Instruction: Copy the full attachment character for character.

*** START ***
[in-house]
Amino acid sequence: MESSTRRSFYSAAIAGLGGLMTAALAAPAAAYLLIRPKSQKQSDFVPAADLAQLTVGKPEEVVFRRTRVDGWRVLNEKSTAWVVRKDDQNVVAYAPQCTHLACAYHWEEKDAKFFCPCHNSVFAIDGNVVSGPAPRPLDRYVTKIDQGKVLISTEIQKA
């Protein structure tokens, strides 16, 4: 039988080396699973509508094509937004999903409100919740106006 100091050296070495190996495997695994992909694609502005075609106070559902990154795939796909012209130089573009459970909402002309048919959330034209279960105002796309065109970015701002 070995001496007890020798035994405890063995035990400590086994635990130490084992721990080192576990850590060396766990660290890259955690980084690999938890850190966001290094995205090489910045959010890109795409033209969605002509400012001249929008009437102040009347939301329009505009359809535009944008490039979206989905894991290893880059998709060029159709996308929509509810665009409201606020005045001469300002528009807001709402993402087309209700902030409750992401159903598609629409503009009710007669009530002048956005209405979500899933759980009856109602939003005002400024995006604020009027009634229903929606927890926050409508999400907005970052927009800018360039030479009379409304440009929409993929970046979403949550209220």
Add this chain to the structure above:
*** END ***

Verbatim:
[in-house]
Amino acid sequence: MESSTRRSFYSAAIAGLGGLMTAALAAPAAAYLLIRPKSQKQSDFVPAADLAQLTVGKPEEVVFRRTRVDGWRVLNEKSTAWVVRKDDQNVVAYAPQCTHLACAYHWEEKDAKFFCPCHNSVFAIDGNVVSGPAPRPLDRYVTKIDQGKVLISTEIQKA
């Protein structure tokens, strides 16, 4: 039988080396699973509508094509937004999903409100919740106006 100091050296070495190996495997695994992909694609502005075609106070559902990154795939796909012209130089573009459970909402002309048919959330034209279960105002796309065109970015701002 070995001496007890020798035994405890063995035990400590086994635990130490084992721990080192576990850590060396766990660290890259955690980084690999938890850190966001290094995205090489910045959010890109795409033209969605002509400012001249929008009437102040009347939301329009505009359809535009944008490039979206989905894991290893880059998709060029159709996308929509509810665009409201606020005045001469300002528009807001709402993402087309209700902030409750992401159903598609629409503009009710007669009530002048956005209405979500899933759980009856109602939003005002400024995006604020009027009634229903929606927890926050409508999400907005970052927009800018360039030479009379409304440009929409993929970046979403949550209220």
Add this chain to the structure above: